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Cleft Lip and Cleft Palate


A cleft lip is a condition that causes an opening or split in your child's upper lip. A cleft palate is in the roof of your child's mouth. Your child may have a cleft lip, a cleft palate, or both. Cleft lip and cleft palate are types of birth defects. They happen when your child's lip or the roof of the mouth do not grow normally during pregnancy. A cleft happens early in pregnancy as your child's facial bones form. Your child may be more likely to have a cleft if a family member had one. Medicines, viral infections, smoking, or drinking alcohol during pregnancy may also increase your child's risk.


Informed consent

is a legal document that explains the tests, treatments, or procedures that your child may need. Informed consent means you understand what will be done and can make decisions about what you want. You give your permission when you sign the consent form. You can have someone sign this form for you if you are not able to sign it. You have the right to understand your child's medical care in words you know. Before you sign the consent form, understand the risks and benefits of what will be done to your child. Make sure all of your questions are answered.

Emotional support:

Stay with your child for comfort and support as often as possible while he is in the hospital. Ask another family member or someone close to the family to stay with your child when you cannot be there. Bring items from home that will comfort your child, such as a favorite blanket or toy.


is a small tube placed in your child's vein that is used to give medicine or liquids.


may be given to help treat or prevent an infection caused by bacteria.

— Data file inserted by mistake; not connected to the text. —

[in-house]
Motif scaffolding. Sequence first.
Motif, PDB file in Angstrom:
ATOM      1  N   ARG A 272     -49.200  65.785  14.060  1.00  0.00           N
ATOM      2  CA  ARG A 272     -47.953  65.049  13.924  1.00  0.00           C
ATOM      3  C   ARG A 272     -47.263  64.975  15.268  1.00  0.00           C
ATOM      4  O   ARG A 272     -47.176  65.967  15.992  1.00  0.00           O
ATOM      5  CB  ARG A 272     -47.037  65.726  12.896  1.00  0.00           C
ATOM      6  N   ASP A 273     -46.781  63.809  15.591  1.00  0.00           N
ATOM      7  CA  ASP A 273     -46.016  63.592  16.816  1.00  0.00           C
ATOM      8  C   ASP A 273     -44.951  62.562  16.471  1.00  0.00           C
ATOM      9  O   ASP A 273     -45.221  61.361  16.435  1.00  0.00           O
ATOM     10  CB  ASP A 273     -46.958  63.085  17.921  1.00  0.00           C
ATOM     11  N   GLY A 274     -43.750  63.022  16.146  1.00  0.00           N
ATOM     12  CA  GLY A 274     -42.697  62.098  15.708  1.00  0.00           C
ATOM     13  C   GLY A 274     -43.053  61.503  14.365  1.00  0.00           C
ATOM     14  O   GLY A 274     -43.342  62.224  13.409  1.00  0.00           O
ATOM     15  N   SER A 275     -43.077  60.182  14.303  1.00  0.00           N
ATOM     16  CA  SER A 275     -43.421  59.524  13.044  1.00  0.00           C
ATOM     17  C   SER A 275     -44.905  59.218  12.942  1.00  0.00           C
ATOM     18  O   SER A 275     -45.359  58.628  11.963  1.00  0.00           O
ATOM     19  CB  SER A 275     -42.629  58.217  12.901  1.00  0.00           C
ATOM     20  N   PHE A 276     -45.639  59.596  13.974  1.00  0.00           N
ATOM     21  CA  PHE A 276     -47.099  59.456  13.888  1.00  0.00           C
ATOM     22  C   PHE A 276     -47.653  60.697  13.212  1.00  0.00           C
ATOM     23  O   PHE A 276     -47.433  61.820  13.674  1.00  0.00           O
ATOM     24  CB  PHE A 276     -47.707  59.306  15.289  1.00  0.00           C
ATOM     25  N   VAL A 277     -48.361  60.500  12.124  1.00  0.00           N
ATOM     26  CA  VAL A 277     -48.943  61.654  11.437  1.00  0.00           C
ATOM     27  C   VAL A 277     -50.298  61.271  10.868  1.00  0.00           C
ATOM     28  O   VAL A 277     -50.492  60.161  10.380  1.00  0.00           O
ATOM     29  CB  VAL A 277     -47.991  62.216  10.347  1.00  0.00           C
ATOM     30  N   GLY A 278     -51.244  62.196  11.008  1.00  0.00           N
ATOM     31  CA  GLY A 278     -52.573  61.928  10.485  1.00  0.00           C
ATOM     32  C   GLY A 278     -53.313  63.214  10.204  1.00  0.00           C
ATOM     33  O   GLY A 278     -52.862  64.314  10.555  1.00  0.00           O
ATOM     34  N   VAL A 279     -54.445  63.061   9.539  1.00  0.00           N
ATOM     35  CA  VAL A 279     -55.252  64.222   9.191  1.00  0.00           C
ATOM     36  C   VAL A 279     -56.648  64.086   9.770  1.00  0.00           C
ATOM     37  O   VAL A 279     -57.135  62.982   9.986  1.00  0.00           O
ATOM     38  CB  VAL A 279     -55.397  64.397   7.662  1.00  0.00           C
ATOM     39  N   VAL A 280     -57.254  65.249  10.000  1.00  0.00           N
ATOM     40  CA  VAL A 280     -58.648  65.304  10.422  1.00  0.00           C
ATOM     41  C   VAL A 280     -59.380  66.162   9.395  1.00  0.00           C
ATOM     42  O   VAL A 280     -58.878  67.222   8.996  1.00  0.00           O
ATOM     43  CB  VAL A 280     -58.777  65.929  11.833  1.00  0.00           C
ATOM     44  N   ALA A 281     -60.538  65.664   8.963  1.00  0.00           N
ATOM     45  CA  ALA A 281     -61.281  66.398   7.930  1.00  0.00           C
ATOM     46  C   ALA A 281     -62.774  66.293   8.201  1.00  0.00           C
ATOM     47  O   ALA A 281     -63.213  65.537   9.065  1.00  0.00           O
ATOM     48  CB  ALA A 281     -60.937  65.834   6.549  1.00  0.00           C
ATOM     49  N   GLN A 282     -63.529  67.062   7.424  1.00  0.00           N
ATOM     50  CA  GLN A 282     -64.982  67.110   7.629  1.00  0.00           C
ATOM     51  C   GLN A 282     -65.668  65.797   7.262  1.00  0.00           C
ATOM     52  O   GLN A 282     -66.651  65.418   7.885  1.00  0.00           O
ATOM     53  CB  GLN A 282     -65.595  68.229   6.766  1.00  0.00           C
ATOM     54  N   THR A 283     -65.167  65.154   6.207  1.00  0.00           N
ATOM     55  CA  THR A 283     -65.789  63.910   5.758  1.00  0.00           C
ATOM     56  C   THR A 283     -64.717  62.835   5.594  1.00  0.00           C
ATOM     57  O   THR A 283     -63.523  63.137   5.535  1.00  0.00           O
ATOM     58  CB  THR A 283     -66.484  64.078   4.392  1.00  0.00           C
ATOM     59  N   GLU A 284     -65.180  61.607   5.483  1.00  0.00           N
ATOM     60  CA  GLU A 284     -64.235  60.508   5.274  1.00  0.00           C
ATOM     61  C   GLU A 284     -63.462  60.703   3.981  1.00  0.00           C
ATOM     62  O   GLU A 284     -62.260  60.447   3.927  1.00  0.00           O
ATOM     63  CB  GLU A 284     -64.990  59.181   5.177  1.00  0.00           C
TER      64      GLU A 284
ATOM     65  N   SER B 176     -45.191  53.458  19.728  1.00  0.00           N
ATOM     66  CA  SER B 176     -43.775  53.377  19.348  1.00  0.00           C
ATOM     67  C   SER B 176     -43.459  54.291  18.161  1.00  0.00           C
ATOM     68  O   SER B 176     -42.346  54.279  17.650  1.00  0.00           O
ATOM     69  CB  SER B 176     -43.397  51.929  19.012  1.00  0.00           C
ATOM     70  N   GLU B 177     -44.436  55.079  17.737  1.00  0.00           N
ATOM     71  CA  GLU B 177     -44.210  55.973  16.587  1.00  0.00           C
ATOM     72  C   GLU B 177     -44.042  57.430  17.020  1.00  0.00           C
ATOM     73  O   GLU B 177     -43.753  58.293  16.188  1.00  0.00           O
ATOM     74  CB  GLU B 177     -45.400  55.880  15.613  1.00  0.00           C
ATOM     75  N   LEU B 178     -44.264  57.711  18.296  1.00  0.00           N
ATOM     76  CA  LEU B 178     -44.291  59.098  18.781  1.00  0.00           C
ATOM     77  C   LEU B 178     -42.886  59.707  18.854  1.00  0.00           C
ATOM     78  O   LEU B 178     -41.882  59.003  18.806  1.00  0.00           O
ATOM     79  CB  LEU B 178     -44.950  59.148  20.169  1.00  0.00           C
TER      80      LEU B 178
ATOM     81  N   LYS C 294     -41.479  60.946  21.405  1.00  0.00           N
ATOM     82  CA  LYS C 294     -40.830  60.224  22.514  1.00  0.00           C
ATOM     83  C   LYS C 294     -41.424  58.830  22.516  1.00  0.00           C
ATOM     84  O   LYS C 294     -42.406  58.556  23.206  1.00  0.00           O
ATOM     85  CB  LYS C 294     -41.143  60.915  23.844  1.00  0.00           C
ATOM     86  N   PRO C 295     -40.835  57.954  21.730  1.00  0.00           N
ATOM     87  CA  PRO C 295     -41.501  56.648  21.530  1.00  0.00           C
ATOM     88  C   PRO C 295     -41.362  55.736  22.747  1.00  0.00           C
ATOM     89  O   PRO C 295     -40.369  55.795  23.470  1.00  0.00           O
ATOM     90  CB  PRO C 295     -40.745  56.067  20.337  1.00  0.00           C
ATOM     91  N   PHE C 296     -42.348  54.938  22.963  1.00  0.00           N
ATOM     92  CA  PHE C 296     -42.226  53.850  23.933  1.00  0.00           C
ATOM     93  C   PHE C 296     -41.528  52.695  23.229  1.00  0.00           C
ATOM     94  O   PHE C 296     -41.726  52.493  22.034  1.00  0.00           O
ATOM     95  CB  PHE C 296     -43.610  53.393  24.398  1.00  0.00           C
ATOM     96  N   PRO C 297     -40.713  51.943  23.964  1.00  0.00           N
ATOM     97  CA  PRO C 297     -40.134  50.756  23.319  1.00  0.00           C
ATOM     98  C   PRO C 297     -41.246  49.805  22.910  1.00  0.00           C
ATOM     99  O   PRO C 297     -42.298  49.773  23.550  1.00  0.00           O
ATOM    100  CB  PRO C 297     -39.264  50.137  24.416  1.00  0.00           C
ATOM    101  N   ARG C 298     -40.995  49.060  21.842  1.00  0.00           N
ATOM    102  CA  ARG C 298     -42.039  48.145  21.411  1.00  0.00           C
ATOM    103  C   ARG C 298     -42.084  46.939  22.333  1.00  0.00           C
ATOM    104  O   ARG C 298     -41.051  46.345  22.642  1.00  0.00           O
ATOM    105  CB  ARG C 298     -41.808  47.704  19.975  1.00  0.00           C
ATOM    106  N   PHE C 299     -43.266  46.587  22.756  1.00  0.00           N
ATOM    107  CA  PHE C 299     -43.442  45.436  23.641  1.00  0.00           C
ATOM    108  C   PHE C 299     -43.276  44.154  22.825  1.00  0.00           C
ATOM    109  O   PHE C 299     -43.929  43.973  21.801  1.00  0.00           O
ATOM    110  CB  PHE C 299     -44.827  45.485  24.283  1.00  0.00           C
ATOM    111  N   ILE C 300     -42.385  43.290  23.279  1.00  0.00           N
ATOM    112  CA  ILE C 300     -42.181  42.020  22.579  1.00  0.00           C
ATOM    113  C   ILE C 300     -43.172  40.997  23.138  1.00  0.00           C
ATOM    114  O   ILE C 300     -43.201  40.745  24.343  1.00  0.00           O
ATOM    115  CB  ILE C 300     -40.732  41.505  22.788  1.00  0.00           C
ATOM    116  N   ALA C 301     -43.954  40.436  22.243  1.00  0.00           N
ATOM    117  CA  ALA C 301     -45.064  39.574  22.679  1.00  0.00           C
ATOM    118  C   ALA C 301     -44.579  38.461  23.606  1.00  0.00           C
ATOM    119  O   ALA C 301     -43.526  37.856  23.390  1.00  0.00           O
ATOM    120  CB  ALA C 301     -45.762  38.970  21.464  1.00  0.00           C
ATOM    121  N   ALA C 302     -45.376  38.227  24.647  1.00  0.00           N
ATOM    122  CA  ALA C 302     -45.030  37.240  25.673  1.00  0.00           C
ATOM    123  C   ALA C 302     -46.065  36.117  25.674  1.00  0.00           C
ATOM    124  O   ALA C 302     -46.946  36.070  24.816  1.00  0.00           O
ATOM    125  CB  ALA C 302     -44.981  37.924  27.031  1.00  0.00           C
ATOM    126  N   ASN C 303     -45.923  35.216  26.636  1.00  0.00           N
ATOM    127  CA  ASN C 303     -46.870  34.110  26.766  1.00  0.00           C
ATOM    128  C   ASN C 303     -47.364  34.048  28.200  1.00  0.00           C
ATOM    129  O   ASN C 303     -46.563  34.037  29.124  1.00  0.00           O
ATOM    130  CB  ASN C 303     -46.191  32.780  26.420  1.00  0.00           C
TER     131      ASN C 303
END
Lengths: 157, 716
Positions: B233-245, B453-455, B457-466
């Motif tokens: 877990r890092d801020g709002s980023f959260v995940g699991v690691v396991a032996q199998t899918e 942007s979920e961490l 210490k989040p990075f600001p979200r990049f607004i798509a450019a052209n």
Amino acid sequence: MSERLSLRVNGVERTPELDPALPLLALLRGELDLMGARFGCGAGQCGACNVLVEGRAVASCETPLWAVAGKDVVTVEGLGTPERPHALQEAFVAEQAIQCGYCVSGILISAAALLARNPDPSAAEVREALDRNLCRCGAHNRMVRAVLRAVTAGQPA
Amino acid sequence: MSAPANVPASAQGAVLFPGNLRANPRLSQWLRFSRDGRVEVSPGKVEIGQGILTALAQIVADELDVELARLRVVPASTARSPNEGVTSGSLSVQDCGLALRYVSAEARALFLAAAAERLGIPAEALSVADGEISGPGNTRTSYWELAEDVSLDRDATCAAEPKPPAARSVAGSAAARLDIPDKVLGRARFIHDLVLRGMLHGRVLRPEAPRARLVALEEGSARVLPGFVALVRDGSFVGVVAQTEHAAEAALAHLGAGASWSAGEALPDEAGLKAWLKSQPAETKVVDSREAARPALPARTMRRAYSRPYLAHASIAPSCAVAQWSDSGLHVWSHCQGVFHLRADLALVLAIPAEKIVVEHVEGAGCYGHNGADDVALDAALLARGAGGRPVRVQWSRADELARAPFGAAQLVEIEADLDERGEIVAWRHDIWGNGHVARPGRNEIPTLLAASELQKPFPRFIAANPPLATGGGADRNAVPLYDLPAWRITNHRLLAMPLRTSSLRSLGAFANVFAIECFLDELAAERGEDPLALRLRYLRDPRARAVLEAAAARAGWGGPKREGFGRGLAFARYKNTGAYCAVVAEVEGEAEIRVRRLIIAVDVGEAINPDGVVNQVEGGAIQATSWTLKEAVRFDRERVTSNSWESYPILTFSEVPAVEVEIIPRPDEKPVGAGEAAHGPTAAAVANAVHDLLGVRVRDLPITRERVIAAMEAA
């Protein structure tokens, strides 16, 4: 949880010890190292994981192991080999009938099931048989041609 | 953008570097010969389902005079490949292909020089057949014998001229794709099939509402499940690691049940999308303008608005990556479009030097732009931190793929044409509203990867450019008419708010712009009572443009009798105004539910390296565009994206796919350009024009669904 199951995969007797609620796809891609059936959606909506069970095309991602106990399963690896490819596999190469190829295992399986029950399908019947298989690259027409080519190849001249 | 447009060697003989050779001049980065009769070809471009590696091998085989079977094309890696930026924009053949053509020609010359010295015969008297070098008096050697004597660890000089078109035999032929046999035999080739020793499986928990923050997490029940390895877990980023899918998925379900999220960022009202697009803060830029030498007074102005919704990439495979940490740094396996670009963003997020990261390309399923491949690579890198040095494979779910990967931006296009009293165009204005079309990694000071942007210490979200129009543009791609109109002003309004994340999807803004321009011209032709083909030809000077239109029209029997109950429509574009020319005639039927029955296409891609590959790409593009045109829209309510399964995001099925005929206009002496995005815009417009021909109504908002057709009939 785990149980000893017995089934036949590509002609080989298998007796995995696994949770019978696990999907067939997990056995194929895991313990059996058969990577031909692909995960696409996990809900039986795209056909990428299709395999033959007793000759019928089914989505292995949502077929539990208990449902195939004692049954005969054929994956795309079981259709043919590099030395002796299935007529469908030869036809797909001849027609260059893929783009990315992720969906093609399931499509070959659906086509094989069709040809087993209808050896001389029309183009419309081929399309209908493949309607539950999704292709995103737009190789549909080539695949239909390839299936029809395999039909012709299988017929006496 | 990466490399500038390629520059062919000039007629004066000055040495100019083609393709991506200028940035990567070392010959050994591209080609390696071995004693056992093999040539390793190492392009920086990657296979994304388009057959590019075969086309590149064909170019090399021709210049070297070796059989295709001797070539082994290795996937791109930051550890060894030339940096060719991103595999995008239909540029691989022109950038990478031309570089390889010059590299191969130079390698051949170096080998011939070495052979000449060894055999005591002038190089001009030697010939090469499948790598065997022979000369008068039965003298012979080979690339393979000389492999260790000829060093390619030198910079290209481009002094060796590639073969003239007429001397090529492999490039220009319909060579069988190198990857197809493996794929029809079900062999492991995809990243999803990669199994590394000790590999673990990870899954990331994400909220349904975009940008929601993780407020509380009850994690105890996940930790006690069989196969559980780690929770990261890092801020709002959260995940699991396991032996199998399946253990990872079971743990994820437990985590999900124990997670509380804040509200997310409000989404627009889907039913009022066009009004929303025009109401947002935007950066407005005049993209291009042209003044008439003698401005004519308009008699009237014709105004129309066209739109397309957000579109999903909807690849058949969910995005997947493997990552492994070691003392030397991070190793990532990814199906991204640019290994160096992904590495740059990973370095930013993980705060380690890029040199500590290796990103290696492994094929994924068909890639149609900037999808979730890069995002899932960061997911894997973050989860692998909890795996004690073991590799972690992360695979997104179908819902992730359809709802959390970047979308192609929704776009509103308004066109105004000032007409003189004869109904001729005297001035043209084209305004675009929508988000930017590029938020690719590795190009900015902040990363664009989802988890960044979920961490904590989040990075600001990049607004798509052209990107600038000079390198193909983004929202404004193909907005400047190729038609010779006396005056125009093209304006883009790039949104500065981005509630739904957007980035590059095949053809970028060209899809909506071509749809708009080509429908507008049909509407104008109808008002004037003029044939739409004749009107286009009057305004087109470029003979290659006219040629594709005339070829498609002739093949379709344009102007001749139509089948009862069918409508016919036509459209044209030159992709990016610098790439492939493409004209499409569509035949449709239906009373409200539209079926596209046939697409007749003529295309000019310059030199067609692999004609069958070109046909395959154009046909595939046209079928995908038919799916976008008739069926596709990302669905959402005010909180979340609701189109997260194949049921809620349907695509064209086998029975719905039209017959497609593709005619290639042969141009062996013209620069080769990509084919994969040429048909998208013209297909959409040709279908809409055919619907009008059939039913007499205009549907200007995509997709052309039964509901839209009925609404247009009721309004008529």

• X-ray pictures may show how your child's lungs and heart are working. The pictures may also show any other birth defects.
  • Videofluroscopy is a test used to check your child's ability to speak and swallow. Your child will be given a liquid to drink. Then several x-rays are taken while your child speaks or swallows.


  • Extra oxygen may be given if your child is having trouble breathing. Your child may also need surgery or a procedure to fix problems in his or her mouth to help make breathing easier.
  • Nutrition support may be given if your child has trouble feeding.
  • Cleft lip or cleft palate repair is surgery to close the openings in your child's lip or mouth. Your child may need immediate treatment for breathing or feeding problems. Surgery may be scheduled later. Surgery for a cleft lip may be done when your child is 3 to 6 months old. A cleft palate may be repaired at 9 to 12 months.
    Cleft Palate Repair


Your child may need more surgeries as he or she grows. He or she may need special dental care to help his or her teeth grow normally. Without treatment, your child may have problems sucking. This can delay how much weight he or she gains as he or she grows. He or she may be tired after eating from working harder to suck and swallow. Feeding problems may cause liquids to back up into your child's ear canals. This increases the chance of ear infections and long-term hearing problems. The cleft may also cause your child to have problems with speech.


You have the right to help plan your child's care. Learn about your child's health condition and how it may be treated. Discuss treatment options with your child's healthcare providers to decide what care you want for your child.

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The above information is an educational aid only. It is not intended as medical advice for individual conditions or treatments. Talk to your doctor, nurse or pharmacist before following any medical regimen to see if it is safe and effective for you.

Learn more about Cleft Lip and Cleft Palate (Inpatient Care)

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Further information

Always consult your healthcare provider to ensure the information displayed on this page applies to your personal circumstances.